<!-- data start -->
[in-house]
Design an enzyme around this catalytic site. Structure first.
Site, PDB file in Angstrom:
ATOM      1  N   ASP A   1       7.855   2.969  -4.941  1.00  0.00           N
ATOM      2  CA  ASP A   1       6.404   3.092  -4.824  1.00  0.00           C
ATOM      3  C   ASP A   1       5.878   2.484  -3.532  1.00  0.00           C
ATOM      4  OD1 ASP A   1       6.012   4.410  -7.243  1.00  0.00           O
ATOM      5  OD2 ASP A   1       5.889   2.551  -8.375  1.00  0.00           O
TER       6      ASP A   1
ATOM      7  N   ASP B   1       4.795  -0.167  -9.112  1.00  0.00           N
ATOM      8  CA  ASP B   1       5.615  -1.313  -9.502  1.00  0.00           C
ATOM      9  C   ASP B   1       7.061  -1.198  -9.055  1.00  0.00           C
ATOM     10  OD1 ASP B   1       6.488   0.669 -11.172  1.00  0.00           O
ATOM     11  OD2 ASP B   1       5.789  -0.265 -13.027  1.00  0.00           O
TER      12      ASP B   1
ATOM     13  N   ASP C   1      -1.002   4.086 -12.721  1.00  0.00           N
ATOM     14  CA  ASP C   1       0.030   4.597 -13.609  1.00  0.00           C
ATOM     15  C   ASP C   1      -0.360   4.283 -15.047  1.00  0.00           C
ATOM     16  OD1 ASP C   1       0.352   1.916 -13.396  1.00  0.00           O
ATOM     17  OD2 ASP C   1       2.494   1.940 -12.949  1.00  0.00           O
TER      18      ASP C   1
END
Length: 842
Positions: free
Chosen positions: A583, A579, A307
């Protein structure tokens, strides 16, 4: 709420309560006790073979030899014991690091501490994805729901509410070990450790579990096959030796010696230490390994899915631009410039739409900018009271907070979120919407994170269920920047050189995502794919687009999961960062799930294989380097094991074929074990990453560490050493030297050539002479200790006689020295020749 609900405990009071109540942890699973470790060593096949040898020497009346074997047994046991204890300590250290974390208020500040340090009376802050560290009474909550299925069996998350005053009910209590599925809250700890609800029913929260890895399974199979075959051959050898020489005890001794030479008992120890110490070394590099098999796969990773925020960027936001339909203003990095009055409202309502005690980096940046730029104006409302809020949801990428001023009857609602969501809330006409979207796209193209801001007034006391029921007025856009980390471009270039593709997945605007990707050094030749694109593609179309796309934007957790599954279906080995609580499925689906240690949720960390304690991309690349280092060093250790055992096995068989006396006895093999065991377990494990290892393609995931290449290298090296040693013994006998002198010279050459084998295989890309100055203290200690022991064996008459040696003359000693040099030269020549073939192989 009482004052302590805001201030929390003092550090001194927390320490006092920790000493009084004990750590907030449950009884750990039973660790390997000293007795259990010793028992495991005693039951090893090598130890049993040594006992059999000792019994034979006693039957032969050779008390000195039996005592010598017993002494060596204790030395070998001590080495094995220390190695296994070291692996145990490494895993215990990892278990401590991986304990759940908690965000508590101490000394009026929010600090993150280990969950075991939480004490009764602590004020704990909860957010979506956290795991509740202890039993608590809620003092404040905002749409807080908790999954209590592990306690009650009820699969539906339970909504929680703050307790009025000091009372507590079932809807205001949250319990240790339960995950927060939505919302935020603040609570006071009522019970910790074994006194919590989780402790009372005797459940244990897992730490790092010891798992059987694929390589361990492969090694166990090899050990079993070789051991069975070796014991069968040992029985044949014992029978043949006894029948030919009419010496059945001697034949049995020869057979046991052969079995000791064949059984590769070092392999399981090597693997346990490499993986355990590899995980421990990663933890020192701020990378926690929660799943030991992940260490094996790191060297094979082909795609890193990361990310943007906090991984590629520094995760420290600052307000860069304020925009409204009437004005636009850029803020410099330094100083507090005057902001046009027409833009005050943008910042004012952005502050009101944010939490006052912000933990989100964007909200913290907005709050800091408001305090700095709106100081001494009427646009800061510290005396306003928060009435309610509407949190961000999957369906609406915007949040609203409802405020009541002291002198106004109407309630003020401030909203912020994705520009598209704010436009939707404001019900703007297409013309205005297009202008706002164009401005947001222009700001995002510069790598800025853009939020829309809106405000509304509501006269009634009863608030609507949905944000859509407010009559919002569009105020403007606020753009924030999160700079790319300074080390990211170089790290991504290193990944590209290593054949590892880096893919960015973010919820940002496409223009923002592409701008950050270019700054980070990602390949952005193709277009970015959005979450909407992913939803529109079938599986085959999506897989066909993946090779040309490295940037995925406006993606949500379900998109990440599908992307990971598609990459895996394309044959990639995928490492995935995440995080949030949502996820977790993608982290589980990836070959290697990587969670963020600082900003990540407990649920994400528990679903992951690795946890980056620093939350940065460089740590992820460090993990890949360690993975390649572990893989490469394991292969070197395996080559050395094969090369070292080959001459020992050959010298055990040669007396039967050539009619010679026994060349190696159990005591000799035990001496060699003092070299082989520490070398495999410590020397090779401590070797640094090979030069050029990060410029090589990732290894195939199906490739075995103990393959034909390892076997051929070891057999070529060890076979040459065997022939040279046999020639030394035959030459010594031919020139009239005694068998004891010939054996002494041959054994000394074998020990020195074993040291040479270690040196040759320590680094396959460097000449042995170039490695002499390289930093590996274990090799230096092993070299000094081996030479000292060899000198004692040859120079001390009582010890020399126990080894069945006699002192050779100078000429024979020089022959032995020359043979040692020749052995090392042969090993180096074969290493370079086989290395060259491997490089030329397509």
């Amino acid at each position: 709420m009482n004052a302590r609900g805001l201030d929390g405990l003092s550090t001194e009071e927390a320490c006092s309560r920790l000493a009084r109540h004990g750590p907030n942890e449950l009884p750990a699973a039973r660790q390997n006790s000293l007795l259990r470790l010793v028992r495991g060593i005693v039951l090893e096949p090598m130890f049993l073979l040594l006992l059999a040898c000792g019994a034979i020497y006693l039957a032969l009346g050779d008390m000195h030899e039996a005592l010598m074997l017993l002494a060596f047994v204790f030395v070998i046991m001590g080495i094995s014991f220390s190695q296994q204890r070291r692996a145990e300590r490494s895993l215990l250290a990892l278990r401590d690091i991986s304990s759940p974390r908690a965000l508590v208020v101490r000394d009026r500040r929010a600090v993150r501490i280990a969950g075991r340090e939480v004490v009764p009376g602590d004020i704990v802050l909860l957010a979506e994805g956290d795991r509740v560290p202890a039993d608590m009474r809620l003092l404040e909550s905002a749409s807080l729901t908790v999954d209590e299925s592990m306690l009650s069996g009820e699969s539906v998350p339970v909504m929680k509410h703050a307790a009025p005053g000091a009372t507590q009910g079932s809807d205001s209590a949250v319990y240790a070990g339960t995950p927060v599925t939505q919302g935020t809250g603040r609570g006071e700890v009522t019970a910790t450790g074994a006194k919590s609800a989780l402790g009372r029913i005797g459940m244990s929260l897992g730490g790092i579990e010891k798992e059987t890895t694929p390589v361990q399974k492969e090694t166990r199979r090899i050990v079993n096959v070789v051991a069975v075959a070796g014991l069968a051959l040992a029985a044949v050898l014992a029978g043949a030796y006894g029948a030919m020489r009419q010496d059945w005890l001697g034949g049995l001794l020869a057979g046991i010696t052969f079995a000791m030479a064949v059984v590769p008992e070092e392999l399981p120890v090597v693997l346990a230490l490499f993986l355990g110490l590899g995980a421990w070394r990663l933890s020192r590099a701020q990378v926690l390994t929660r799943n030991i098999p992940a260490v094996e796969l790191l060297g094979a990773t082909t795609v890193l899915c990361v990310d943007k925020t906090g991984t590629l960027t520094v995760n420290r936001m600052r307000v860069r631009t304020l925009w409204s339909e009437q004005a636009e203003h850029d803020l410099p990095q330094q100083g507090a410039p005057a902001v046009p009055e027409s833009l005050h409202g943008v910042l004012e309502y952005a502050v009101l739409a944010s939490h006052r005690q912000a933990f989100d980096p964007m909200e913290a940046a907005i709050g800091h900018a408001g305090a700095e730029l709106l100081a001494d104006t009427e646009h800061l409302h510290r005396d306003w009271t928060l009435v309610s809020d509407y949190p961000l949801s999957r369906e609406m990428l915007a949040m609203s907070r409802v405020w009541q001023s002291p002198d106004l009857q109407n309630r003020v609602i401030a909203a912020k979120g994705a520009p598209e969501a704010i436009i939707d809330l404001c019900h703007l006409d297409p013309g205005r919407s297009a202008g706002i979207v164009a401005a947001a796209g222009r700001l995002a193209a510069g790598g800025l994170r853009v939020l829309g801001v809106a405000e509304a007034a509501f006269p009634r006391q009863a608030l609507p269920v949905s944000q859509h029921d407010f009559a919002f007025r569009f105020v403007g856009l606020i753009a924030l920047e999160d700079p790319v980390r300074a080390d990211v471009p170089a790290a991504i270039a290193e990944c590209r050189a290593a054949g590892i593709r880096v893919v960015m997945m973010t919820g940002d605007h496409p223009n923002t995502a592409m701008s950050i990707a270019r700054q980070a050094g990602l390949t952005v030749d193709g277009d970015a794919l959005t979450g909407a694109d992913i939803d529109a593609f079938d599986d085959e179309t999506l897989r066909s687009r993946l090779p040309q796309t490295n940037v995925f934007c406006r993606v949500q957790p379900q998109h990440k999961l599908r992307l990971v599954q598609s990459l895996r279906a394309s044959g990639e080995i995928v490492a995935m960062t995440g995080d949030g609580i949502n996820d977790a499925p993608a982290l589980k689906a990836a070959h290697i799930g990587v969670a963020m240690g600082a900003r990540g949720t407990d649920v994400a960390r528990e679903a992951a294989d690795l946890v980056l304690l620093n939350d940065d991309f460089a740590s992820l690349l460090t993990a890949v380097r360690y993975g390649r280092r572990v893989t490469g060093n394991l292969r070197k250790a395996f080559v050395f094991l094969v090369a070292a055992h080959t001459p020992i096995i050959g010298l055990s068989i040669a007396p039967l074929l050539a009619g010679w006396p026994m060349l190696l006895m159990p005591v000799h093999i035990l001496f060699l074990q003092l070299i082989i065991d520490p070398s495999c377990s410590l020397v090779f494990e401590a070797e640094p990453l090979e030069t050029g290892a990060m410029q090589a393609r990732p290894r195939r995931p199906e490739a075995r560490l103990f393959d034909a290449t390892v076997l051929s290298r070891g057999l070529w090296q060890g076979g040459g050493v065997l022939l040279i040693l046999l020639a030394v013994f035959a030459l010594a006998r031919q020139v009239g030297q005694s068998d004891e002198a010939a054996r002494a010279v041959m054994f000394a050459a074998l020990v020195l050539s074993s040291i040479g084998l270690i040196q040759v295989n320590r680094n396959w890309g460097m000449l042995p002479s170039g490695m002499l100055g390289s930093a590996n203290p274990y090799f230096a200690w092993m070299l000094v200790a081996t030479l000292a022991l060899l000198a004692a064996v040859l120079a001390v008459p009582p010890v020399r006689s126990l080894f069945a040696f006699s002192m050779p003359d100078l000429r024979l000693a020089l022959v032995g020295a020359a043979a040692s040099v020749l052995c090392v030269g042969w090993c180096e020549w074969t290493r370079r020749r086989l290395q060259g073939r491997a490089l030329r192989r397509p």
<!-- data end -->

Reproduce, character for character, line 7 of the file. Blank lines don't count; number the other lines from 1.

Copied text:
ATOM      4  OD1 ASP A   1       6.012   4.410  -7.243  1.00  0.00           O